In 1934, Ann Rice O'Hanlon painted a fresco -- then the largest one ever painted by a woman -- in the University of Kentucky's Memorial Hall. Ever since, thousands of students have walked past it on their way to and from various events each semester. Some have been oblivious to the work, which depicts Kentucky's history, while others have admired it and considered it an outstanding example of the Depression-era Public Works of Art program, which paid for the fresco.
Many black students over the years have noticed the mural, which offers a version of history that includes black people working in tobacco fields, black musicians performing for a group of white people and a Native American holding a tomahawk. As campus protests over issues of race have spread in recent weeks, black students at Kentucky held a meeting with President Eli Capilouto and talked about how the fresco hurt them by relegating black people to roles as slaves or servants, without portraying the cruelty of slavery and Jim Crow. On Monday, Capilouto announced his agreement that the mural's location is inappropriate.Why do I find myself thinking of fig leaves on Michaelangelo's David?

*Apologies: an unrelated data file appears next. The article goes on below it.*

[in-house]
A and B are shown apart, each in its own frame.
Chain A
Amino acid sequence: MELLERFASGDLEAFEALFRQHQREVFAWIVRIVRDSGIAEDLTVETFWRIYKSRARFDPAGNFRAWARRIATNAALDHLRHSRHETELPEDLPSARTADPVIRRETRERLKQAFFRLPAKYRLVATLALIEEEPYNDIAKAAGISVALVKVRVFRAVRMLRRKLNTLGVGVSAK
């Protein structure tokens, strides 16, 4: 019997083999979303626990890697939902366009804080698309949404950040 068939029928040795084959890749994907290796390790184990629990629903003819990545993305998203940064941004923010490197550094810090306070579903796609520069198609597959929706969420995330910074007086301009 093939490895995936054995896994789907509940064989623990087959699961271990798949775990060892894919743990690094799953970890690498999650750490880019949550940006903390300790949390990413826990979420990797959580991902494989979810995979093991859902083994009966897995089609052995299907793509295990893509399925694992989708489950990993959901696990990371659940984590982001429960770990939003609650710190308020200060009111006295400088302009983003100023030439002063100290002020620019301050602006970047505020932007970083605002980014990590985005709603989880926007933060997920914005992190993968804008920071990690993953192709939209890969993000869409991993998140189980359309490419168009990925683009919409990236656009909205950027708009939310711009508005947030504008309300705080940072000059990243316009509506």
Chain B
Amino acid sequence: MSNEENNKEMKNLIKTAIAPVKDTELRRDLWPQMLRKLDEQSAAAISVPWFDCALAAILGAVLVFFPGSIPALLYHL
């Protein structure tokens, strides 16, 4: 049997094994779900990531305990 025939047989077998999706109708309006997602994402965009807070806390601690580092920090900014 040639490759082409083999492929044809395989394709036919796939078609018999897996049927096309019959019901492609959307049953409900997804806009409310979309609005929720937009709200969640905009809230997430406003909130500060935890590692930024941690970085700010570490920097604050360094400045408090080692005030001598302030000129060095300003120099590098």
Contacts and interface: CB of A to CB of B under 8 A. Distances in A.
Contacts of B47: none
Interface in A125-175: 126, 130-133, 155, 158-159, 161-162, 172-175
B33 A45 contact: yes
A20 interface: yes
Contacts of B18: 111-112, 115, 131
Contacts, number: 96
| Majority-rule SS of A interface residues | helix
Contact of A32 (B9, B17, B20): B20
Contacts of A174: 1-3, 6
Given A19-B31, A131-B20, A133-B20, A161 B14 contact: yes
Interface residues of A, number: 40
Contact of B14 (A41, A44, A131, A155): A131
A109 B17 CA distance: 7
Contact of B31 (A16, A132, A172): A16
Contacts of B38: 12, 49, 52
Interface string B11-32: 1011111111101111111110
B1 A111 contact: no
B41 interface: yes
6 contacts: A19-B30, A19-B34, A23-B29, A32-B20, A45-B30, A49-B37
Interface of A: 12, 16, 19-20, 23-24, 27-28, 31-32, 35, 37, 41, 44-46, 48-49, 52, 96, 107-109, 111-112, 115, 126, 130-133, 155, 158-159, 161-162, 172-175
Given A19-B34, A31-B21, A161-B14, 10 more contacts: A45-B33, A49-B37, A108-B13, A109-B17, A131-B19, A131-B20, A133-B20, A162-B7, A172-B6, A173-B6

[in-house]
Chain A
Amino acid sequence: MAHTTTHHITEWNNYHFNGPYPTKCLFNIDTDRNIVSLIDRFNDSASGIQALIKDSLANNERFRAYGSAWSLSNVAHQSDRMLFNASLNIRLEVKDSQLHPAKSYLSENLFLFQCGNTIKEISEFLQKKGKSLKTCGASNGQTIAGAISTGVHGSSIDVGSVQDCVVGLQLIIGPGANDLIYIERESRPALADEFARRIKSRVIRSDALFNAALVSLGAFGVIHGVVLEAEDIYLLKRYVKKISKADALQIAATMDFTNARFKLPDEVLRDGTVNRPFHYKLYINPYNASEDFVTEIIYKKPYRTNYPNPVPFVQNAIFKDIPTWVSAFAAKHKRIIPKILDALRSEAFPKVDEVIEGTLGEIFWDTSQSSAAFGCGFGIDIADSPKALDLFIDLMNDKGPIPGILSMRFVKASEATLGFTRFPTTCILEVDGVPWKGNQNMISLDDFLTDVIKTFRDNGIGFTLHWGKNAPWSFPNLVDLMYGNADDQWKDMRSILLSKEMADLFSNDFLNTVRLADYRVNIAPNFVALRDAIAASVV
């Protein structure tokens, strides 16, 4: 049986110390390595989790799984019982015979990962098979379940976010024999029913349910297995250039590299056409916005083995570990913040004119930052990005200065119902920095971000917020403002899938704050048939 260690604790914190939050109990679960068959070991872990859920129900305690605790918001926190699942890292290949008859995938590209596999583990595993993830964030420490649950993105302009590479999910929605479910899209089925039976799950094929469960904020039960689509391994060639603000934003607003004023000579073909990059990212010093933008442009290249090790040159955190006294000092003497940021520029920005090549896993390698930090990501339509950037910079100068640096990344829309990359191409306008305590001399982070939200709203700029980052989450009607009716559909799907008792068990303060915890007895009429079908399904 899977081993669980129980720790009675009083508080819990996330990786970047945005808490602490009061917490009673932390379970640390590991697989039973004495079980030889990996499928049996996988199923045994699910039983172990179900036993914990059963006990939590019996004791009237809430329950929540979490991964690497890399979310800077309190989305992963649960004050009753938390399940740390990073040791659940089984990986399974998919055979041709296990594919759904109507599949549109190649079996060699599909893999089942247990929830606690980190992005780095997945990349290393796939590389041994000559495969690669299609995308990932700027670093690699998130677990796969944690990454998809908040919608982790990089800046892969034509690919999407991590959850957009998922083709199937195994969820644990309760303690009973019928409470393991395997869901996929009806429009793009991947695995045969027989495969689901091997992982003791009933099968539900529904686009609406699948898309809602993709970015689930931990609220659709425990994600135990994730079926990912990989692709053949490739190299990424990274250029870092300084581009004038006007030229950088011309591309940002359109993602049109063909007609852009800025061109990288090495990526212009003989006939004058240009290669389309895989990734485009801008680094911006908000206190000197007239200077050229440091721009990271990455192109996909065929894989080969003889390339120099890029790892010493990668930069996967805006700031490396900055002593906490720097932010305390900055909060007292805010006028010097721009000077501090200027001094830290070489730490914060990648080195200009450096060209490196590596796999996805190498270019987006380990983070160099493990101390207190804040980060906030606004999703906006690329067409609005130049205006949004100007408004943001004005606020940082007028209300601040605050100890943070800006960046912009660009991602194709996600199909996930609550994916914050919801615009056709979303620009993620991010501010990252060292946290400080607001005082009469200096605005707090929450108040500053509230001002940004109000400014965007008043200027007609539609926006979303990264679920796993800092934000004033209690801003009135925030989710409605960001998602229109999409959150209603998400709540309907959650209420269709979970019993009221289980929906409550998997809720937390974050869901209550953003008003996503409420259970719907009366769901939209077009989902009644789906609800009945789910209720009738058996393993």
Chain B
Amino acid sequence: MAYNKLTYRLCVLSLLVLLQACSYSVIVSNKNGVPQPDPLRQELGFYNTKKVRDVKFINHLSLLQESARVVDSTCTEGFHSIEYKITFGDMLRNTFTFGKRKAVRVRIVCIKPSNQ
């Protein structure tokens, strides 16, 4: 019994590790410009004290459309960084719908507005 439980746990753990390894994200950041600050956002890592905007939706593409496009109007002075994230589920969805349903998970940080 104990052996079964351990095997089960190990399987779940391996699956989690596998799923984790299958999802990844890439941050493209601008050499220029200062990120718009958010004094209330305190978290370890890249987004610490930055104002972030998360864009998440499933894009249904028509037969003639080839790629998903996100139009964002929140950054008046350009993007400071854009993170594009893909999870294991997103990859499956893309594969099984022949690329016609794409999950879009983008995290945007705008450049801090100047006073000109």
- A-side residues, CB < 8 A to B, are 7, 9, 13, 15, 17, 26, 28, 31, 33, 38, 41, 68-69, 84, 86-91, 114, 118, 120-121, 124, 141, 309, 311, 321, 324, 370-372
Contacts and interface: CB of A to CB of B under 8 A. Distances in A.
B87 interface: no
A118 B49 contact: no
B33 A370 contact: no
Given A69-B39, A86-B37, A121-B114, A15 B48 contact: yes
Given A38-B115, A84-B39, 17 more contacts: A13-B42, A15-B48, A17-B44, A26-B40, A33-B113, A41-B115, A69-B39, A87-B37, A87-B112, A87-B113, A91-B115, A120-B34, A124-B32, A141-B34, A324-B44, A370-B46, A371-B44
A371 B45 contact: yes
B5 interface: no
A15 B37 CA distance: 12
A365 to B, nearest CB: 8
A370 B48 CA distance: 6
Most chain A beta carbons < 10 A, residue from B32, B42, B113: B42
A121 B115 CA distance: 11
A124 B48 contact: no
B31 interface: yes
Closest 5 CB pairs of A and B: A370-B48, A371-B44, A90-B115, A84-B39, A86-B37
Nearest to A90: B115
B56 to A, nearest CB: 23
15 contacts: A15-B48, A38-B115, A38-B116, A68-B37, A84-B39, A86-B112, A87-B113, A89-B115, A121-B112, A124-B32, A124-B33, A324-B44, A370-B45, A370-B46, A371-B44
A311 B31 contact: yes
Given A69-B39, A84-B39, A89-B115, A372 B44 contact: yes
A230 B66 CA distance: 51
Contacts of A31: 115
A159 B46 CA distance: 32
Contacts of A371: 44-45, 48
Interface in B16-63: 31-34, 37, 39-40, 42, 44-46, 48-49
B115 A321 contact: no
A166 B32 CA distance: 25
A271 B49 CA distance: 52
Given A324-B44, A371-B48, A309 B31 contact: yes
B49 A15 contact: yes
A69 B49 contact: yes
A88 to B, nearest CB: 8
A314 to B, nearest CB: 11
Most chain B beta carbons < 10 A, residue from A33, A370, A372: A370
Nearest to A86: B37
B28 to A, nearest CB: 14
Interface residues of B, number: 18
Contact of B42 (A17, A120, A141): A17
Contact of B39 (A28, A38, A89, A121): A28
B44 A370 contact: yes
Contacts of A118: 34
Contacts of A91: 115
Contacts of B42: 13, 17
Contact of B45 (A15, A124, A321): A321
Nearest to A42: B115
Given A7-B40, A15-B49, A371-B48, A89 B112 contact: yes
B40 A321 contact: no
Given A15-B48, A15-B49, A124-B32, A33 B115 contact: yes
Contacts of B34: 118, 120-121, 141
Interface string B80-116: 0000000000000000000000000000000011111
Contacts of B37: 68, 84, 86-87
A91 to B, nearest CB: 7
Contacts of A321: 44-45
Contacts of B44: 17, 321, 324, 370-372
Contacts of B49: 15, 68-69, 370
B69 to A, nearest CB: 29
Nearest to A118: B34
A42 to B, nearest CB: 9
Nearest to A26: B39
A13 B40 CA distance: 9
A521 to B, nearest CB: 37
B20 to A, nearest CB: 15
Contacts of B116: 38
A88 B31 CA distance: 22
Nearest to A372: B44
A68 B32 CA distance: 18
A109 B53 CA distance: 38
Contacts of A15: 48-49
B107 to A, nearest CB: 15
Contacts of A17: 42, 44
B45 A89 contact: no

If you don't want anyone to know about slavery and America's dark past, fine, we can give you a cleaned up, unoffensive American history where slavery is not mentioned. Or perhaps they would prefer a mural where a black man is climbing out of the LEM on to the Moon's surface.